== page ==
One reason is that the flu virus has changed, or mutated, slightly in the nine months since flu makers designed this year's vaccine, and those changes may be rendering the vaccine less effective, according to flu expert John Treanor, M.D., director of the Vaccine Treatment and Evaluation Unit at the University of Rochester. Treanor provides an update on this year's flu and explains the reasons for its unusual severity in an article in the January 15, 2004 issue of the New England Journal of Medicine.
While this year's flu vaccine may be less effective than expected, an additional problem is making this flu season worse for young children. The flu virus most prevalent this year is from a family of viruses that has been scarce in the United States over the last three years. That means nearly all children ages three and under have never encountered the virus or one similar to it and haven't produced antibodies that can fight it.
"The immune systems of young kids are being caught off guard this year," says Treanor. "Young children who get influenza are at higher risk for becoming seriously ill and developing other complications. That's why we're hearing more reports of very sick infants and toddlers, and why we have been urging parents to have their kids immunized." Treanor notes that the Centers for Disease Control and Prevention recently began to recommend influenza vaccination for all children six months to 23 months of age.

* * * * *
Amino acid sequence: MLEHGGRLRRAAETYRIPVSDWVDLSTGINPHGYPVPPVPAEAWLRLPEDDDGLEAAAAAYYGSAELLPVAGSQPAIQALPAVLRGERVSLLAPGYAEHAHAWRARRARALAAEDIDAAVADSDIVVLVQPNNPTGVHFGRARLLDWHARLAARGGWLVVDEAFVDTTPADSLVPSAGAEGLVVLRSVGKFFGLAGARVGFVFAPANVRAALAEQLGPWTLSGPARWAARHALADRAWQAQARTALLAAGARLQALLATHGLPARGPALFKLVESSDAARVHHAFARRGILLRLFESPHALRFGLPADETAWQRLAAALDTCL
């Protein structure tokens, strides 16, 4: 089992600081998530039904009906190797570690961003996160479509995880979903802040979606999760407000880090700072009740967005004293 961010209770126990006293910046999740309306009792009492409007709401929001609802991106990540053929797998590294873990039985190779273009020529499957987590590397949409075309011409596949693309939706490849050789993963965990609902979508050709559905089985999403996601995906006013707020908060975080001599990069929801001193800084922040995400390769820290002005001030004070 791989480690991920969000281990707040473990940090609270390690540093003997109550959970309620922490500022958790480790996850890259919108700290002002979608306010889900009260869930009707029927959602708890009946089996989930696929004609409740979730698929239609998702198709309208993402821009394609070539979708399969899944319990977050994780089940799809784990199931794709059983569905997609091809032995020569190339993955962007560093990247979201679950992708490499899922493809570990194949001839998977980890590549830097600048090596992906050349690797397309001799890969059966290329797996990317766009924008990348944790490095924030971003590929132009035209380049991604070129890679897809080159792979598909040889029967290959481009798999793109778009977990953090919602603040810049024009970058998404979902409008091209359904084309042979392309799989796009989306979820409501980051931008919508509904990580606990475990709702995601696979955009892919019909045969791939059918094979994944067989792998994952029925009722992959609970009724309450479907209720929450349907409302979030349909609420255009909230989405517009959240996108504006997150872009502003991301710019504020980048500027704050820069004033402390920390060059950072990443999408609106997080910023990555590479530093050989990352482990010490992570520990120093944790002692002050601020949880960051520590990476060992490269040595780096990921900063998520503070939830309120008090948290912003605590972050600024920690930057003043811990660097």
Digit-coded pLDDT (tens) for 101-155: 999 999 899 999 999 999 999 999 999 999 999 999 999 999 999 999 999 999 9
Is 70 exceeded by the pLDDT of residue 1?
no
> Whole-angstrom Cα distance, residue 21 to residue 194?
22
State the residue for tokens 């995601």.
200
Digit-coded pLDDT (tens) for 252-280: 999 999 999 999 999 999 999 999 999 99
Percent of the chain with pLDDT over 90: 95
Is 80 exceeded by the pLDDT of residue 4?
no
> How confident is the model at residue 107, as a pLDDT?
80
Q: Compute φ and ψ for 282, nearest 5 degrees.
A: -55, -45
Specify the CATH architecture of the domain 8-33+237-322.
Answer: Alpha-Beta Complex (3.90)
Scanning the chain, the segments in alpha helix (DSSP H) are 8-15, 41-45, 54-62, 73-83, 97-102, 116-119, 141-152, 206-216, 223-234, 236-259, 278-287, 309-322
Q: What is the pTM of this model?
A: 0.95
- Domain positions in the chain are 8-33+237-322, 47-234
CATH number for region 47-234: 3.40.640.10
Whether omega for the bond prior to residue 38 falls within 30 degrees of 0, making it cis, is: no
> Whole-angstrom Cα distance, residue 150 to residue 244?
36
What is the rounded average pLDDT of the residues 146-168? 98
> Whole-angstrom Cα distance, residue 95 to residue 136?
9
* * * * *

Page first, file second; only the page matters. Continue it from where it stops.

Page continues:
Flu vaccines typically are designed to protect against several strains of virus from different families of influenza. But over time viruses change, or mutate. Scientists studying this year's flu virus have discovered two particular changes that are troublesome because they occurred in proteins on the outer surface of the virus that this year's vaccine was designed to target. The small mu
Contact: Christopher DiFrancesco
University of Rochester Medical Center